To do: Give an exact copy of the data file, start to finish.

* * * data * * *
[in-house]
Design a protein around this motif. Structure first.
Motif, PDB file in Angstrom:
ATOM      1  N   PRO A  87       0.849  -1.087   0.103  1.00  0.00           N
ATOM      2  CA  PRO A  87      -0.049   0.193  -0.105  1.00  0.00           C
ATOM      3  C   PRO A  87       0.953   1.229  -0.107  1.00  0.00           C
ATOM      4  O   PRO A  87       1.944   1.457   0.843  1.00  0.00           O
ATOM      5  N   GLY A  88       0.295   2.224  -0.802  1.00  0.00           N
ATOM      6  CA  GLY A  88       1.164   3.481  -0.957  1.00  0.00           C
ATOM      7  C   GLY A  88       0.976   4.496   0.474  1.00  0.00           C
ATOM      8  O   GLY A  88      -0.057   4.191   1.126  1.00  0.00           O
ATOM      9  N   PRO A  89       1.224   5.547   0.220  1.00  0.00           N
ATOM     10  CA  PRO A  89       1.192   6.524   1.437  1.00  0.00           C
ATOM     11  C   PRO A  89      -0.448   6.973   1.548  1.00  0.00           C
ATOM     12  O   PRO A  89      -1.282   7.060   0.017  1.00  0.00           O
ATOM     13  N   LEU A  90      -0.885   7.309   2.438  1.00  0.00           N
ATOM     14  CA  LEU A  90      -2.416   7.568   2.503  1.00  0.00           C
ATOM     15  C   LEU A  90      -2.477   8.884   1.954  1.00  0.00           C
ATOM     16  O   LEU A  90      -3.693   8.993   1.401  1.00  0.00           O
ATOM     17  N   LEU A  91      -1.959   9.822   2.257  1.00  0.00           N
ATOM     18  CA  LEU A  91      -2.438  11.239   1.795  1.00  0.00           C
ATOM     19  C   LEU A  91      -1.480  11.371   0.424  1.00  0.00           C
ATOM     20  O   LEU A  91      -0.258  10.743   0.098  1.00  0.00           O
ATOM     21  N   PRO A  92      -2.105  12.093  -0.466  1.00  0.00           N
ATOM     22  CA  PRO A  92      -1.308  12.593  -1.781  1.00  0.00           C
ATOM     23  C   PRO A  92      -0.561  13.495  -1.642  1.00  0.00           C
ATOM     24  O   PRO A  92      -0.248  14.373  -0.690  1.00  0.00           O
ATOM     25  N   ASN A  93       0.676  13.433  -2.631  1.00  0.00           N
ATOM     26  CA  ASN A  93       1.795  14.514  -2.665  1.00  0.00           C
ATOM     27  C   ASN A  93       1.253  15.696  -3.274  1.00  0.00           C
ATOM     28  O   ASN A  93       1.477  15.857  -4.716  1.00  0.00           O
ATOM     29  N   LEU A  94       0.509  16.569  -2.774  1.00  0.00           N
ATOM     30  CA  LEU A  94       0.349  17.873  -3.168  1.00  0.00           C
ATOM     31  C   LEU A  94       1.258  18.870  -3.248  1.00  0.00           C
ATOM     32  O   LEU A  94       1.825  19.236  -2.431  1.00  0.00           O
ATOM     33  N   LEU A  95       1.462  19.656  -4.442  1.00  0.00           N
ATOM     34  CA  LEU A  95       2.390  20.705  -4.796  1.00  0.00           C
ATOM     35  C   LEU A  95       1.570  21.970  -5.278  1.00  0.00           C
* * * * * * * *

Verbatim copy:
[in-house]
Design a protein around this motif. Structure first.
Motif, PDB file in Angstrom:
ATOM      1  N   PRO A  87       0.849  -1.087   0.103  1.00  0.00           N
ATOM      2  CA  PRO A  87      -0.049   0.193  -0.105  1.00  0.00           C
ATOM      3  C   PRO A  87       0.953   1.229  -0.107  1.00  0.00           C
ATOM      4  O   PRO A  87       1.944   1.457   0.843  1.00  0.00           O
ATOM      5  N   GLY A  88       0.295   2.224  -0.802  1.00  0.00           N
ATOM      6  CA  GLY A  88       1.164   3.481  -0.957  1.00  0.00           C
ATOM      7  C   GLY A  88       0.976   4.496   0.474  1.00  0.00           C
ATOM      8  O   GLY A  88      -0.057   4.191   1.126  1.00  0.00           O
ATOM      9  N   PRO A  89       1.224   5.547   0.220  1.00  0.00           N
ATOM     10  CA  PRO A  89       1.192   6.524   1.437  1.00  0.00           C
ATOM     11  C   PRO A  89      -0.448   6.973   1.548  1.00  0.00           C
ATOM     12  O   PRO A  89      -1.282   7.060   0.017  1.00  0.00           O
ATOM     13  N   LEU A  90      -0.885   7.309   2.438  1.00  0.00           N
ATOM     14  CA  LEU A  90      -2.416   7.568   2.503  1.00  0.00           C
ATOM     15  C   LEU A  90      -2.477   8.884   1.954  1.00  0.00           C
ATOM     16  O   LEU A  90      -3.693   8.993   1.401  1.00  0.00           O
ATOM     17  N   LEU A  91      -1.959   9.822   2.257  1.00  0.00           N
ATOM     18  CA  LEU A  91      -2.438  11.239   1.795  1.00  0.00           C
ATOM     19  C   LEU A  91      -1.480  11.371   0.424  1.00  0.00           C
ATOM     20  O   LEU A  91      -0.258  10.743   0.098  1.00  0.00           O
ATOM     21  N   PRO A  92      -2.105  12.093  -0.466  1.00  0.00           N
ATOM     22  CA  PRO A  92      -1.308  12.593  -1.781  1.00  0.00           C
ATOM     23  C   PRO A  92      -0.561  13.495  -1.642  1.00  0.00           C
ATOM     24  O   PRO A  92      -0.248  14.373  -0.690  1.00  0.00           O
ATOM     25  N   ASN A  93       0.676  13.433  -2.631  1.00  0.00           N
ATOM     26  CA  ASN A  93       1.795  14.514  -2.665  1.00  0.00           C
ATOM     27  C   ASN A  93       1.253  15.696  -3.274  1.00  0.00           C
ATOM     28  O   ASN A  93       1.477  15.857  -4.716  1.00  0.00           O
ATOM     29  N   LEU A  94       0.509  16.569  -2.774  1.00  0.00           N
ATOM     30  CA  LEU A  94       0.349  17.873  -3.168  1.00  0.00           C
ATOM     31  C   LEU A  94       1.258  18.870  -3.248  1.00  0.00           C
ATOM     32  O   LEU A  94       1.825  19.236  -2.431  1.00  0.00           O
ATOM     33  N   LEU A  95       1.462  19.656  -4.442  1.00  0.00           N
ATOM     34  CA  LEU A  95       2.390  20.705  -4.796  1.00  0.00           C
ATOM     35  C   LEU A  95       1.570  21.970  -5.278  1.00  0.00           C